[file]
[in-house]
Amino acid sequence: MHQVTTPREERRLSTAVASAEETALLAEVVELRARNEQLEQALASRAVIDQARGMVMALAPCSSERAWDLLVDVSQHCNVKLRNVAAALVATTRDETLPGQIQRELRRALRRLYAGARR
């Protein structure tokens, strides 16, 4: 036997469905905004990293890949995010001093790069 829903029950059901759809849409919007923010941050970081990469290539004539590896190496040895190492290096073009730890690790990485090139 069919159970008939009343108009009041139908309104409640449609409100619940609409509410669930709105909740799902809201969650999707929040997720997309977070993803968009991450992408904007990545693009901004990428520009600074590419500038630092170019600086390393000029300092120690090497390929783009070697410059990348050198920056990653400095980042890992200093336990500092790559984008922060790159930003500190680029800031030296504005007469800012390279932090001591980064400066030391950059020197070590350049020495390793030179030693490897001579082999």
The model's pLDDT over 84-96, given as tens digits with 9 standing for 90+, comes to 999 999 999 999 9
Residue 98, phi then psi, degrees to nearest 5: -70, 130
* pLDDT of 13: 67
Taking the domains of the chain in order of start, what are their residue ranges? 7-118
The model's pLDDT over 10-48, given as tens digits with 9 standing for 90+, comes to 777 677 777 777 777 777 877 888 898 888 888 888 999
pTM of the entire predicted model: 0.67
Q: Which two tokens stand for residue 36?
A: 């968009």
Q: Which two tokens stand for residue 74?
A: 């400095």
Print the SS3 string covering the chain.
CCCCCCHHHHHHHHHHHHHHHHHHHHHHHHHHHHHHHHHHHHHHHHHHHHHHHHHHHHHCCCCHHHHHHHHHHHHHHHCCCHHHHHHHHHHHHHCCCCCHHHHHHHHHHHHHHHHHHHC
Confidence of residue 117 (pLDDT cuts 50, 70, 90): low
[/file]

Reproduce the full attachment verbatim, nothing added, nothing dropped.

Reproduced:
[in-house]
Amino acid sequence: MHQVTTPREERRLSTAVASAEETALLAEVVELRARNEQLEQALASRAVIDQARGMVMALAPCSSERAWDLLVDVSQHCNVKLRNVAAALVATTRDETLPGQIQRELRRALRRLYAGARR
């Protein structure tokens, strides 16, 4: 036997469905905004990293890949995010001093790069 829903029950059901759809849409919007923010941050970081990469290539004539590896190496040895190492290096073009730890690790990485090139 069919159970008939009343108009009041139908309104409640449609409100619940609409509410669930709105909740799902809201969650999707929040997720997309977070993803968009991450992408904007990545693009901004990428520009600074590419500038630092170019600086390393000029300092120690090497390929783009070697410059990348050198920056990653400095980042890992200093336990500092790559984008922060790159930003500190680029800031030296504005007469800012390279932090001591980064400066030391950059020197070590350049020495390793030179030693490897001579082999």
The model's pLDDT over 84-96, given as tens digits with 9 standing for 90+, comes to 999 999 999 999 9
Residue 98, phi then psi, degrees to nearest 5: -70, 130
* pLDDT of 13: 67
Taking the domains of the chain in order of start, what are their residue ranges? 7-118
The model's pLDDT over 10-48, given as tens digits with 9 standing for 90+, comes to 777 677 777 777 777 777 877 888 898 888 888 888 999
pTM of the entire predicted model: 0.67
Q: Which two tokens stand for residue 36?
A: 């968009």
Q: Which two tokens stand for residue 74?
A: 């400095």
Print the SS3 string covering the chain.
CCCCCCHHHHHHHHHHHHHHHHHHHHHHHHHHHHHHHHHHHHHHHHHHHHHHHHHHHHHCCCCHHHHHHHHHHHHHHHCCCHHHHHHHHHHHHHCCCCCHHHHHHHHHHHHHHHHHHHC
Confidence of residue 117 (pLDDT cuts 50, 70, 90): low